CHICAGO – Business expanded in the U.S. Midwest in May for the first time since February, figures released Friday showed, suggesting improvements in the manufacturing sector (search) as well as for the broader economy.
The National Association of Purchasing Management (search)-Chicago index rose to 52.2 in May from 47.6 in April. A reading below 50 indicates a contracting regional manufacturing sector, while a reading above 50 signals expansion.
Economists polled by Reuters had forecast the May index at 48.8.
"Well it's one of the first pieces of really good news that we had in a long time," said Carl Tannenbaum, chief economist with LaSalle Bank.
"I think we have all been hungry for signs that we might be turning the corner regarding the U.S. economy" he said, "And this might be one sign that if we are not all the way around the corner then at least we are getting ready to make the turn."
Because Chicago is an economic hub of the Midwest, some interpret the NAPM-Chicago report as a barometer of Midwest manufacturing, although both manufacturing and service sector companies are included in the index.
The index slipped below 50 in March, showing contraction for the first time in five months. The pullback sparked concern about the U.S. economic recovery.
The index was also below 50 in September and October, which at the time showed contraction for the first time in eight months.
New orders rose to 54.6 from 44.6. The employment component of the index fell to 43.6 from 43.7 in April.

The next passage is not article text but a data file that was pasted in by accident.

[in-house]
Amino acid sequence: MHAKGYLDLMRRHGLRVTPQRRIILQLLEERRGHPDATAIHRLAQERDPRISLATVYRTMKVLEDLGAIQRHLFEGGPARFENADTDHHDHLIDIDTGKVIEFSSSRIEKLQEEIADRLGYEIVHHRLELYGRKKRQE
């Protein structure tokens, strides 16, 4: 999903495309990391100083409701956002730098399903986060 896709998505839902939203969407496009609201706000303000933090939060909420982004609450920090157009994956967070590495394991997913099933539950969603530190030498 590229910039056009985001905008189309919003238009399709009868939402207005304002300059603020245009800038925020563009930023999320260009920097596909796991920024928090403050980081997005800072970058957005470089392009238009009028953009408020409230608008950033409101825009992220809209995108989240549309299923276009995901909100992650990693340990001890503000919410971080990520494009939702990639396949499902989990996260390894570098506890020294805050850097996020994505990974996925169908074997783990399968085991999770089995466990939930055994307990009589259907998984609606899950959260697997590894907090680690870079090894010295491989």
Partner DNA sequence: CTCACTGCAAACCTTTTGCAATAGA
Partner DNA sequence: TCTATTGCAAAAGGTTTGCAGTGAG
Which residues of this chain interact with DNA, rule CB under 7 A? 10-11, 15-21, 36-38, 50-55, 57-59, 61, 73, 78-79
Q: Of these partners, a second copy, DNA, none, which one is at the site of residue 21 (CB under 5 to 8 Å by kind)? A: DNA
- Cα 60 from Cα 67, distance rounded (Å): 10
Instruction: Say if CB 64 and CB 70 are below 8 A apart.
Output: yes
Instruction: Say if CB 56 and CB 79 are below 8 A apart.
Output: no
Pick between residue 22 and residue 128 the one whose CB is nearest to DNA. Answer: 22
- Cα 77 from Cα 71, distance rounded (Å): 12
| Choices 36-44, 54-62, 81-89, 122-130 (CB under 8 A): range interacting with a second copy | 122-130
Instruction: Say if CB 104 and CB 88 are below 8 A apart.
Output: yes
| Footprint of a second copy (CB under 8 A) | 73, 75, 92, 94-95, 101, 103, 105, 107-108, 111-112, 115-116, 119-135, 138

Midwest production climbed to 60.5 from 51.0. Prices paid fell to 53.7 from 55.9 last month. Inventories fell to 42.3 from 43.0.
Data from the U.S. Commerce Department showed that manufacturing output in the Great Lakes region, or Midwest, was second only to the U.S. Southeast. The Commerce Department divides the United States into eight regions.
Some economists believe the Chicago business barometer gives clues to the direction of the national Institute for Supply Management (search) report, due out on Monday. Economists polled by Reuters expected the May ISM index to rise to 47.6 from 45.4 in April.
"There is not a very strong correlation between the national number and other regional numbers," David Resler, chief economist with Nomura Securities. "So we have no conviction as to what it would do for the ISM index. But if the ISM index would show a comparable increase, it would certainly be very good news for the economy."
Other recent data on the U.S. economy have been mostly downbeat. The May University of Michigan consumer sentiment survey, released on Friday, came in at 92.1, compared with 86.0 in April. But orders for durable goods declined in April after advancing in March, a report released on Wednesday showed.